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Author lemburg
Recipients Mark.Shannon, christian.heimes, erlendaasland, gvanrossum, lemburg, methane, rhettinger, serhiy.storchaka, vstinner
Date 2021-10-07.13:58:27
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Message-id <>
In-reply-to <>
On 07.10.2021 15:29, Christian Heimes wrote:
> Christian Heimes <> added the comment:
> JP got back to me
> On 07/10/2021 14.34, Jean-Philippe Aumasson wrote:
>> xxHash is much faster indeed, but collisions seem trivial to find, which 
>> might allow hash-flood DoS again (see for example 
>> <>). It's however unclear 
>> whether exploitable multicollisions can also be trivially found.
>> If collisions don't matter and if the ~10x speed-up makes a difference,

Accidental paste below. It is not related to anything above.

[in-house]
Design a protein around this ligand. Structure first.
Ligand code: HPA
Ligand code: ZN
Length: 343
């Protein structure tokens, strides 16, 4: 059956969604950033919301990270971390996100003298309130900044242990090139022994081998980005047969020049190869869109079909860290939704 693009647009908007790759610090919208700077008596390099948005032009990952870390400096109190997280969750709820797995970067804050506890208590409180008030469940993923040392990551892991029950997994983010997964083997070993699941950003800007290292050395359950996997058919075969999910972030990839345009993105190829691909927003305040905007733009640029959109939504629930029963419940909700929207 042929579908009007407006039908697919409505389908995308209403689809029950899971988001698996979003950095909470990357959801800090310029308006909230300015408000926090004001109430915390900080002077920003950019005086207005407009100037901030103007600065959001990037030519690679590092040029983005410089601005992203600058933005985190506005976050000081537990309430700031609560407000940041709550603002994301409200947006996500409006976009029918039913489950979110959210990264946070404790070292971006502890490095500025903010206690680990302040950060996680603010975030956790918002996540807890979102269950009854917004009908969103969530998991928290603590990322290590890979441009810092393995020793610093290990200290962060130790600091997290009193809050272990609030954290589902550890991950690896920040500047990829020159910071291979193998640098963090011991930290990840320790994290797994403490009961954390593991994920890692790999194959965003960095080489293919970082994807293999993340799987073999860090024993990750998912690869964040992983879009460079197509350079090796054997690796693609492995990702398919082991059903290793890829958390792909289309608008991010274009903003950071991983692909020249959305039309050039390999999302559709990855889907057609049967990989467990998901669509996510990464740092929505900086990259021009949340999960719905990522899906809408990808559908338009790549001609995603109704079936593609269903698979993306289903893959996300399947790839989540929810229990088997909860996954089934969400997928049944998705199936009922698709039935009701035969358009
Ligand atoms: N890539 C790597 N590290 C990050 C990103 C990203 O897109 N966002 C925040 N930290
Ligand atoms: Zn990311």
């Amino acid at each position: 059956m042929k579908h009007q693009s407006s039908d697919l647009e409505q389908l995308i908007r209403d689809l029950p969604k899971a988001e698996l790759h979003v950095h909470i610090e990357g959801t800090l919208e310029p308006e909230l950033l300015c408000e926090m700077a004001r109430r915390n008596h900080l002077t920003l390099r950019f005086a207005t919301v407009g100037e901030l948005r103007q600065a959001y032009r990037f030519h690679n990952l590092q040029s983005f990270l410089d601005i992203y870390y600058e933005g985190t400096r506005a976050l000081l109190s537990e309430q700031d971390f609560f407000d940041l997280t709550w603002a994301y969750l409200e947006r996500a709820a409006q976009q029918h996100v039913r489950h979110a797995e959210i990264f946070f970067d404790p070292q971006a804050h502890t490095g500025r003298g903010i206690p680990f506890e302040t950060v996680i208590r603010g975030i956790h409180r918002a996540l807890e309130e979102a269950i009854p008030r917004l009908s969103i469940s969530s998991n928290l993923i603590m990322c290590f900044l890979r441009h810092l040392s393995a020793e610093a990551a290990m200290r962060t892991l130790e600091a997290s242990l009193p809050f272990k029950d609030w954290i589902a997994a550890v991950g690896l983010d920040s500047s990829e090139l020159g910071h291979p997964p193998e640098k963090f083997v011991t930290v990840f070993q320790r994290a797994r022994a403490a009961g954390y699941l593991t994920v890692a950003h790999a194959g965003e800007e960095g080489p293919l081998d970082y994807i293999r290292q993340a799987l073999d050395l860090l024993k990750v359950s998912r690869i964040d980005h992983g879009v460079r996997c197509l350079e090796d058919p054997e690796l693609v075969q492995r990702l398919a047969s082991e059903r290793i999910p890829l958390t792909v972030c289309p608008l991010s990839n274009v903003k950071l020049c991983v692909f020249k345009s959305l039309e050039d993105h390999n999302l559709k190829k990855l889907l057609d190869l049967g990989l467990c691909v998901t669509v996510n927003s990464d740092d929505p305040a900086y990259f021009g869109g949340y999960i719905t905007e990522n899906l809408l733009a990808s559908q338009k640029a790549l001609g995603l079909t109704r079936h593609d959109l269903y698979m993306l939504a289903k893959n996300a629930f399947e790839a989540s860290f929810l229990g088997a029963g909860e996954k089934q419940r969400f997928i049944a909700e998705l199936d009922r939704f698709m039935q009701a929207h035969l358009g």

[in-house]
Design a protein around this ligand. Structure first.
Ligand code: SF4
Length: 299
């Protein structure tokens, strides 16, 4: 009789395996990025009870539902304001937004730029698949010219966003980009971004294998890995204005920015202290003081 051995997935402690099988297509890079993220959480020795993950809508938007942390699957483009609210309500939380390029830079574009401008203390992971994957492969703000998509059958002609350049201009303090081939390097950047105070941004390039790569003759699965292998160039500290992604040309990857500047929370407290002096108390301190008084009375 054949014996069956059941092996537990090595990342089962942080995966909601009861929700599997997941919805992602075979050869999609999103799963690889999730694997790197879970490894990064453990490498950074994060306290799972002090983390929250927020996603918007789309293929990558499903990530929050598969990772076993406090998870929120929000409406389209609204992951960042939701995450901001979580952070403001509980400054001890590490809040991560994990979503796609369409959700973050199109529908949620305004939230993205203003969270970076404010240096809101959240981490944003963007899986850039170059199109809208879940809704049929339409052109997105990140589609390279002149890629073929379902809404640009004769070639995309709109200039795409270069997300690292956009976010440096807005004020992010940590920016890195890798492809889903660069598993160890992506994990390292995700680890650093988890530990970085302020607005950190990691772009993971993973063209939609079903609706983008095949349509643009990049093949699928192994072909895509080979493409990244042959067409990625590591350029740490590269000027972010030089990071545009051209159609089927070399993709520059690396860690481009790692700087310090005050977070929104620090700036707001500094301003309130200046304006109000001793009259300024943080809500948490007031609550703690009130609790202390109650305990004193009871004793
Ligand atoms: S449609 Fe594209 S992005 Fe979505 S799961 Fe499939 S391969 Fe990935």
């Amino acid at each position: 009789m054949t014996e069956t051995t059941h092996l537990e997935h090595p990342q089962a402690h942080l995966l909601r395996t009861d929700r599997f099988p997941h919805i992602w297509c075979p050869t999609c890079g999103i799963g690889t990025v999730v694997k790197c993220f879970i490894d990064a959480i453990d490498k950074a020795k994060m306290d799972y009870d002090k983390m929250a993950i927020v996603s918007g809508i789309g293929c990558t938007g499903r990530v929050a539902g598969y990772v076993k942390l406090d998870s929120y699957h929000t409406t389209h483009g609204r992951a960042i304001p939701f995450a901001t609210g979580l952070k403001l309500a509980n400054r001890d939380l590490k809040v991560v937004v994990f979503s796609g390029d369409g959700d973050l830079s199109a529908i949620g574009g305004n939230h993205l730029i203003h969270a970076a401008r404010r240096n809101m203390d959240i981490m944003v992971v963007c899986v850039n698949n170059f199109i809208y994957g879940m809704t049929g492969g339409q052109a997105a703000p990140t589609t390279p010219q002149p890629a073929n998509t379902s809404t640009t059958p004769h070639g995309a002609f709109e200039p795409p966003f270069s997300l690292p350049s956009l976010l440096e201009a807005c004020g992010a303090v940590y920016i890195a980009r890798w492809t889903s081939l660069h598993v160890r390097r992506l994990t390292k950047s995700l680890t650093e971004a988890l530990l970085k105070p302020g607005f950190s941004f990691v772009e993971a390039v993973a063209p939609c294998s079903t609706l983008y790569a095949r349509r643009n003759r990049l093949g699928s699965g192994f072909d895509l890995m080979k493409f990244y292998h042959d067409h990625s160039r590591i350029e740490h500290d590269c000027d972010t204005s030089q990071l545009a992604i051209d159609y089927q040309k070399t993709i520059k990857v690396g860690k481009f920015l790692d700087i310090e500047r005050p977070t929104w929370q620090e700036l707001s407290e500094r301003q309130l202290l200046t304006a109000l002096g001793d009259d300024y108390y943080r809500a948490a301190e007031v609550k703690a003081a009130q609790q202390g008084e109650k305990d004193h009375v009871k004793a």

>> then probably a good option, but guess you'll need to keep SipHash (or 
>> some other safe hash) when DoS resistance is needed?
> This information disqualifies xxHash for our use case.

The quoted issue was for an early version of XXH3.

Please see
as reference for collision analysis of the current xxHash versions.

The numbers are close to the expected case, meaning that
collisions are not more frequent than statistically to be
expected given the hash and the test sample size.

Looking at this older comparison, it would also make sense to
revisit the hybrid approach, e.g. use FNV for strings
up to 16 bytes, XXH128 for longer strings:

Given that dictionaries often use relatively short string keys,
this should have a significant effect on applications where the
dictionaries don't just use interned strings.

It would also have an effect on Python startup time, since all
those interned strings need to have their hash calculated
during startup.
Date User Action Args
2021-10-07 13:58:27lemburgsetrecipients: + lemburg, gvanrossum, rhettinger, vstinner, christian.heimes, methane, Mark.Shannon, serhiy.storchaka, erlendaasland
2021-10-07 13:58:27lemburglinkissue29410 messages
2021-10-07 13:58:27lemburgcreate